Way back when, in the wilds of 1995, there were a great many people who were disgruntled with the state of Web servers. The commercial ones, like Microsoft’s IIS (Internet Information Server) and Netscape’s family of servers, hadn’t been born yet, and the ones put out by college students – well, they sucked.
But lo! What did the early code jockeys do? They made their own damn Web server. They called it Apache (as in a patchy server, because it had a lot of patches). A patch is just what it sounds like – something to plug holes in your code with. This small group of hackers started a project that would eventually create the most popular Web server software in the world.
Not to give ourselves too much credit, but one of the founders of the Apache project was an engineer at HotWired. Don’t you just love us? If you really want to know more about Apache’s history, there’s a nice narrative on its site.
The brilliance of the Apache group’s scheme lay not just in the fine programming, but in the development model it used. Now it is fashionably called open source.
(A small side note:There are several different flavors of open-source development. Apache’s lets anyone create a commercial product based on its code and doesn’t make them share the results if they don’t want to. If I say this model is “better” than the other schemes, hostile email will no doubt follow this article’s publication. But it may well be.)
Continue Reading “Apache for Beginners” »
If you follow CSS, you’re probably sick of hearing promises of CSS 3 — the next generation style sheet language that should have been here several years ago.
Well, the specification document still isn’t finalized. If you’re impatient, you’re not alone. Browser manufacturers have already started rolling out support for many of the new features even if they aren’t yet set in stone.
Opera and Safari have been leading the way when it comes to CSS 3 features, but Firefox 3 packs in a few and 3.1 promises to bring Firefox alongside the others.
Yeah, we know what you’re thinking: “I can’t do it. I have to support Internet Explorer.”
Well, you’re right. Users of Internet Explorer are out of luck. Although, there’s no reason you can’t use some rounded corner properties solely for your Firefox/Opera/Safari visitors. IE will still render the backgrounds as usual, it just won’t understand the rounded corner bit.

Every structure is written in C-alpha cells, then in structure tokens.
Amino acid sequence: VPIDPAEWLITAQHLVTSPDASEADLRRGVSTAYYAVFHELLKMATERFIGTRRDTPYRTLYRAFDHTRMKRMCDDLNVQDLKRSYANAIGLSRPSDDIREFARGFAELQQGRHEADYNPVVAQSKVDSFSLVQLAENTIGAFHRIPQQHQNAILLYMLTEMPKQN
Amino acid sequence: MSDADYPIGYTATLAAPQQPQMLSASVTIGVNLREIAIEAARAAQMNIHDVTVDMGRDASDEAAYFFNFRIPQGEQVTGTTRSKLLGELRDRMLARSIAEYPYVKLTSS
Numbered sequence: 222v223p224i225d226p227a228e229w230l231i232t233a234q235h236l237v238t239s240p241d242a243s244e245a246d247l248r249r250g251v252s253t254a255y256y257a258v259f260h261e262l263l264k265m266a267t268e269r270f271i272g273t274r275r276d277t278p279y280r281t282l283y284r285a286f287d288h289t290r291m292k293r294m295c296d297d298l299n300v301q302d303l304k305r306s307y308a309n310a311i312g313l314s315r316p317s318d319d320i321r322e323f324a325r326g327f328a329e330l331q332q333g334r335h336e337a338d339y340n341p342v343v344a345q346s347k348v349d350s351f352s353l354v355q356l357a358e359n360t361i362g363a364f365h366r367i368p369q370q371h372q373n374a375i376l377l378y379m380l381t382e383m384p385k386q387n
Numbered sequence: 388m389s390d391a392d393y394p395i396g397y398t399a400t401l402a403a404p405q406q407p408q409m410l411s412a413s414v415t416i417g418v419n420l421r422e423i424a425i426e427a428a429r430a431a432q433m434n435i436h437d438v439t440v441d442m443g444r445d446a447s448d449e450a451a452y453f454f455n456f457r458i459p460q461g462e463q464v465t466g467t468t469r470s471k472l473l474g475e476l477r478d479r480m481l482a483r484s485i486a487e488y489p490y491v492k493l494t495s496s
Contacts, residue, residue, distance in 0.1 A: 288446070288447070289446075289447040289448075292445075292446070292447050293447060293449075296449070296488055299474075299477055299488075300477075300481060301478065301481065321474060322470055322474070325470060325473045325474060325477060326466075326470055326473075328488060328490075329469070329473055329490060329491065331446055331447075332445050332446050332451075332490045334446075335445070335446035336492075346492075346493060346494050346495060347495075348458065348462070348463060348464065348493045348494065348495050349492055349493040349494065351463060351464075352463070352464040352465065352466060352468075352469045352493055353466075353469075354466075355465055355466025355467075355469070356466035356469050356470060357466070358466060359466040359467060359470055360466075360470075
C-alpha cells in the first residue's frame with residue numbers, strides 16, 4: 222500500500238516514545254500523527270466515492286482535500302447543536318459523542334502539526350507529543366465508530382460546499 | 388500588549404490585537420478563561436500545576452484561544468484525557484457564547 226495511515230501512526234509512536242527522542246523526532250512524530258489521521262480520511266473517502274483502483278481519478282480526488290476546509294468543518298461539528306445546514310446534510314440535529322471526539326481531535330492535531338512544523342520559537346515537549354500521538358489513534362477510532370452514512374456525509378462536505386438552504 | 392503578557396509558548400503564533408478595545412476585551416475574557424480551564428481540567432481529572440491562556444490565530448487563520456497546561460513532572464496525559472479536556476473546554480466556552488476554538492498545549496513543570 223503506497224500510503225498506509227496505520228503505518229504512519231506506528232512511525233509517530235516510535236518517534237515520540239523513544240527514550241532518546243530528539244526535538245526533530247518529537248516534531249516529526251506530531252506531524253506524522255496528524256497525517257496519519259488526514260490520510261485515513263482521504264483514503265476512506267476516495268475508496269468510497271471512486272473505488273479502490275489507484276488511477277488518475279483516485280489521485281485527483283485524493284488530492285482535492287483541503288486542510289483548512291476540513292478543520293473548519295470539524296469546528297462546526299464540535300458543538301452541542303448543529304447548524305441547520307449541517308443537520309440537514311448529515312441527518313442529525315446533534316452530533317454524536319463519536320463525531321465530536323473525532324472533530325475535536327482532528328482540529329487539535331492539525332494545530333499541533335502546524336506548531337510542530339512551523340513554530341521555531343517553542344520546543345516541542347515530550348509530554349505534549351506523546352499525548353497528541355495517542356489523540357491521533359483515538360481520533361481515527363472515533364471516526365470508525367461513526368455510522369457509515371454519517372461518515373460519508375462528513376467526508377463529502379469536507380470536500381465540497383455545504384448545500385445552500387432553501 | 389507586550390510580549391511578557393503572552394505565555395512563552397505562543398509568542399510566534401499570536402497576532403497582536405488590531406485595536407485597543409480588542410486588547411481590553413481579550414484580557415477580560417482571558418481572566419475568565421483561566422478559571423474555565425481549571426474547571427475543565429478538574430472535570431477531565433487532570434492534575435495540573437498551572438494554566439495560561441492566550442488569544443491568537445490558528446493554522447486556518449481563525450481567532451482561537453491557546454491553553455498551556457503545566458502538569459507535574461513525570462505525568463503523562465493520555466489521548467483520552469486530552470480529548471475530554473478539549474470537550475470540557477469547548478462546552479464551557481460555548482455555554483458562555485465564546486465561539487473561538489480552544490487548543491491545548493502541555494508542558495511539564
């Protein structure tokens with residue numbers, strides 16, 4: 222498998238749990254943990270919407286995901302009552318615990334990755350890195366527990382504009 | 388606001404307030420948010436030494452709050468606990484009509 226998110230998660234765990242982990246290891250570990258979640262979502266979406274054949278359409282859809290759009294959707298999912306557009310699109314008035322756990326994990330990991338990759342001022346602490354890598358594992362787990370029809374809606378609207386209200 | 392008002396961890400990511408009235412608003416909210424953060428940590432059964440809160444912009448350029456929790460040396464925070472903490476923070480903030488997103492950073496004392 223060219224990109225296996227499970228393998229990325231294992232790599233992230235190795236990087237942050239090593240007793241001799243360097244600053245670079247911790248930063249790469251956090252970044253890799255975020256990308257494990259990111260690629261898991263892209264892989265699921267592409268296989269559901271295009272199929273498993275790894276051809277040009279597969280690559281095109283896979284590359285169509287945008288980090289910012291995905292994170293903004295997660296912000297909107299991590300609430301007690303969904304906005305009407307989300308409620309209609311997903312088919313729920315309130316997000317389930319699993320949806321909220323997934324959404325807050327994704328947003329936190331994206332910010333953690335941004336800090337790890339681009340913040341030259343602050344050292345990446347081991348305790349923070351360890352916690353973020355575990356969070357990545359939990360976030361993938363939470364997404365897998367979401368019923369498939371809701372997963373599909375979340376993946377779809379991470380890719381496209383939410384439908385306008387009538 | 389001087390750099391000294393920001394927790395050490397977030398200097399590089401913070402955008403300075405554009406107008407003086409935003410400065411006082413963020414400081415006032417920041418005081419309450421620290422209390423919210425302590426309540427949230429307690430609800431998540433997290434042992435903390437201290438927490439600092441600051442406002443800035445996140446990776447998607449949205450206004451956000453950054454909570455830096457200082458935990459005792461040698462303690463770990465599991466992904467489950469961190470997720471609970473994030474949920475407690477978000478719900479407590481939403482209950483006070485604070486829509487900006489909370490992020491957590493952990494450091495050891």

We’re willing to admit that most of these rules are still a year or two from being mainstream, but it doesn’t mean you can’t start learning them now.
Want to bleed from the cutting edge of web design? Put on your daredevil helmet and let’s dive into some cool new design features.
Continue Reading “Get Started With CSS 3″ »
Continue Reading “Sanitize Text with MooTools” »
At Webmonkey, the favorite technologies are, of course, those that inspire the most punning. So Java is way up there (all those “brewing up” and “double tall” opportunities), as is HTML (“HTML is for Children” and “HTML and Back”), while topics like CGI and XSLT aren’t really a whole lot of pun.
Thus I am extremely lucky to be allowed to write about SOAP, one of the punniest technologies to come along since Unix. And it’s true:I feel lucky. So everybody scrub up, and let’s get started.
Continue Reading “Get Your Feet Wet With SOAP” »
Open source has brought a lot more than Linux to the computing world. It has also given us PHP and MySQL.
In the first installment of this three-lesson tutorial, we cover everything you need to know to begin developing database hubs. You’ll get instructions for installation on both Unix and Windows, and then you’ll learn some simple scripts that will insert information into a database and display that data on a web page.
Lesson 2 covers more PHP/MySQL goodies than you could probably imagine:while loops, the ever-useful if-else statement. But this information alone means little if you don’t continue and see how PHP can be used with HTML forms. By the time you’ve polished off this lesson, you’ll be able to add, edit, and remove information from your database.
In Lesson 3, you’ll learn some of the secrets that will turn your simple data-driven site into a useful application. We’ll cover validation and show how to prevent users from leaving key form fields blank and how to make sure numeric files don’t contain letters. You’ll also learn how PHP handles includes and functions. Plus you’ll see how these two features, when deployed together, can make the coder’s life much easier. Everything winds up with some tearful parting words and a bit of advice for the aspiring PHP/MySQL coder.